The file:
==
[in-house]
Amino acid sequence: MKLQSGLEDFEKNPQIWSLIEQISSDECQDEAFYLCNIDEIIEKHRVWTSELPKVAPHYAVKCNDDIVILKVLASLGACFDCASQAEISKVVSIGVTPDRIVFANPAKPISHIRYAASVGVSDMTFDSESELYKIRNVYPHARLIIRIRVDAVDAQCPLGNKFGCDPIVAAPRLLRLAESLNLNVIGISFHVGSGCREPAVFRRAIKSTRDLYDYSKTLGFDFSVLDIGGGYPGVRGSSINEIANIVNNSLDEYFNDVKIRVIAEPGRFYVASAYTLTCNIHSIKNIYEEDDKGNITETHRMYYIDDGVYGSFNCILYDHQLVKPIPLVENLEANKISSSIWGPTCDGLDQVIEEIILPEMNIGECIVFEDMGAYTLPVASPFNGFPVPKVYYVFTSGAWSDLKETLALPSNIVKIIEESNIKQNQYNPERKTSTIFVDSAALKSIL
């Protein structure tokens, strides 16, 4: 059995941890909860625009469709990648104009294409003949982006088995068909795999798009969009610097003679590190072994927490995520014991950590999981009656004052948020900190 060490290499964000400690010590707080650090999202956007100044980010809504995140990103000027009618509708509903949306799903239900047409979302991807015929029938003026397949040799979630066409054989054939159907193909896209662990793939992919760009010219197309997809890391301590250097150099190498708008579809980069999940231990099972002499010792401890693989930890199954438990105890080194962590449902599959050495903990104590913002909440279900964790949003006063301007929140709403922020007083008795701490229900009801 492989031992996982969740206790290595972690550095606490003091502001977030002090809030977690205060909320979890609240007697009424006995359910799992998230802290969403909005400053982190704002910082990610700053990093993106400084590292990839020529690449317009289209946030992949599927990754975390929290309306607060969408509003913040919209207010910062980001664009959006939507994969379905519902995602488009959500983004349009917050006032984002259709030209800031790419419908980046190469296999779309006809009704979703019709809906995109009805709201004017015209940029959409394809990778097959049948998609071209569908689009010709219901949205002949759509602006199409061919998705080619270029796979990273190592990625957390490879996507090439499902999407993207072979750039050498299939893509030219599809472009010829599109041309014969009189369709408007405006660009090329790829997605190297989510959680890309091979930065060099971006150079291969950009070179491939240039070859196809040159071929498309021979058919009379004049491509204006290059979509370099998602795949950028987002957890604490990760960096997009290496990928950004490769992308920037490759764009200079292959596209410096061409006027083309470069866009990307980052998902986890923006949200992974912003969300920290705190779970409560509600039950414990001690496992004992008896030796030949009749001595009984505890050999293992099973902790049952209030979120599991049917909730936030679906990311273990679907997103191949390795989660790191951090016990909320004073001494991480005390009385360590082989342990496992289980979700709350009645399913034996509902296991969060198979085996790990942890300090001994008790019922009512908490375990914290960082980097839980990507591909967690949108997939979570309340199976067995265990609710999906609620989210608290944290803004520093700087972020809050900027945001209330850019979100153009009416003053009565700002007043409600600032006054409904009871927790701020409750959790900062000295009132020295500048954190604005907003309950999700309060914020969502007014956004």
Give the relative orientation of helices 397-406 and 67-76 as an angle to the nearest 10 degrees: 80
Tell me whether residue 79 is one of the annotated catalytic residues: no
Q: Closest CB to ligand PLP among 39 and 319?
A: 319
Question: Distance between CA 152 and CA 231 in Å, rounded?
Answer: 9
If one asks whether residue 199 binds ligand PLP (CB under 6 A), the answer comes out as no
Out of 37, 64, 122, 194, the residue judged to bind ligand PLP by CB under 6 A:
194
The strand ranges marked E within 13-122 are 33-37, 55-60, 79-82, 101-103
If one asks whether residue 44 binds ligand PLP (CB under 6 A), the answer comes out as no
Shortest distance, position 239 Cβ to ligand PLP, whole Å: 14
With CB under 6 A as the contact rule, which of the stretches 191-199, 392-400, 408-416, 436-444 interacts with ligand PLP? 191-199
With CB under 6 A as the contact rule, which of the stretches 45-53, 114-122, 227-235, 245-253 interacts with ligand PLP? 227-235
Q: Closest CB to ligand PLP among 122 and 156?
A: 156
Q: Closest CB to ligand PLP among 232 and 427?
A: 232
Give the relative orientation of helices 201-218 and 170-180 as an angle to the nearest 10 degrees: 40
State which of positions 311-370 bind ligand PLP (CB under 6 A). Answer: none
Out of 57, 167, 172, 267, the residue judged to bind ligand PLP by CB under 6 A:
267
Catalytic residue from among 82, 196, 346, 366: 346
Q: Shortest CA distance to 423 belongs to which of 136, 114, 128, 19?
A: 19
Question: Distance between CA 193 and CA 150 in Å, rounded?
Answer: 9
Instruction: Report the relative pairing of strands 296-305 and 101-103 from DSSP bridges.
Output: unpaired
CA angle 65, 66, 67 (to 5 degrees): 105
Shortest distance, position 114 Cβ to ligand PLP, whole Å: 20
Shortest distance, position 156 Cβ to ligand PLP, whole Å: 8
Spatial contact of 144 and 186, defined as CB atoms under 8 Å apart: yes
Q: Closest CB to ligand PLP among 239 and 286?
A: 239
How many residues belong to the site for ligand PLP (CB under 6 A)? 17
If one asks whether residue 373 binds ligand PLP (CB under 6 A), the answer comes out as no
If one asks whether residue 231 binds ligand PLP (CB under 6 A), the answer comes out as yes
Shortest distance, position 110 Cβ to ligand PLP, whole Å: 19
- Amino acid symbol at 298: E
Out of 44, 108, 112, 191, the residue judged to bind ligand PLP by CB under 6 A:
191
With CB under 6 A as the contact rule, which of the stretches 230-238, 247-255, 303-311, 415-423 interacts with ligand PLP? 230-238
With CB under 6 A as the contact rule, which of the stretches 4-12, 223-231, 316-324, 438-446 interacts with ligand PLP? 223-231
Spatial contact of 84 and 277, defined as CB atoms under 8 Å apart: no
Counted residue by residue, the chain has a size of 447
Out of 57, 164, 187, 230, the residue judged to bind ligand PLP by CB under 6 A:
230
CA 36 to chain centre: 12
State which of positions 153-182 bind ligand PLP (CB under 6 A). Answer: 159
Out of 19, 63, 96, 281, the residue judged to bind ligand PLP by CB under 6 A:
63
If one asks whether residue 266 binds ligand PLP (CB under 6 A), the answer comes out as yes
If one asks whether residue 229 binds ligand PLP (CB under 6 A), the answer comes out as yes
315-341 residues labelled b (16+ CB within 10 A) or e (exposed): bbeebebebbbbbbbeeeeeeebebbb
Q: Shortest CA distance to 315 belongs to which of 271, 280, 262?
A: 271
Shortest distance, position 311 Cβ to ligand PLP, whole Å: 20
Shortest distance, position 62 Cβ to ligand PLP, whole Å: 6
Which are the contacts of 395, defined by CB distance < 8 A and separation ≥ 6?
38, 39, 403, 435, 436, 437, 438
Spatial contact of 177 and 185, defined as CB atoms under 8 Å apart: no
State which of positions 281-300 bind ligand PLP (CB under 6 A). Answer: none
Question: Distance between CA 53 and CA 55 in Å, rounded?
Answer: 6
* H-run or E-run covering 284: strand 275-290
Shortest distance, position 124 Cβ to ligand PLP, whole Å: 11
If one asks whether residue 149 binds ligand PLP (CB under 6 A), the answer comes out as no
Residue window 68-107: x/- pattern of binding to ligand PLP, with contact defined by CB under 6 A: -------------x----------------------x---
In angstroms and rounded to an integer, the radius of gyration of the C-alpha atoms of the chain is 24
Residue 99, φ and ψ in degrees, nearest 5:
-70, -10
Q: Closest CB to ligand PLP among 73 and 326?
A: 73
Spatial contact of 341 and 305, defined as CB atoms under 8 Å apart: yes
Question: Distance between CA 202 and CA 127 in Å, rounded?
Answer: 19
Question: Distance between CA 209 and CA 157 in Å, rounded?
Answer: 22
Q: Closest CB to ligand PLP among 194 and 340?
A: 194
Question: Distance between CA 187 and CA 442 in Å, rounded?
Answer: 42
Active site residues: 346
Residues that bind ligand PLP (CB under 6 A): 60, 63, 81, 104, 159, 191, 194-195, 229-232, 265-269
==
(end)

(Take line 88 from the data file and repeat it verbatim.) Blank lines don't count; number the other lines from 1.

Residues that bind ligand PLP (CB under 6 A): 60, 63, 81, 104, 159, 191, 194-195, 229-232, 265-269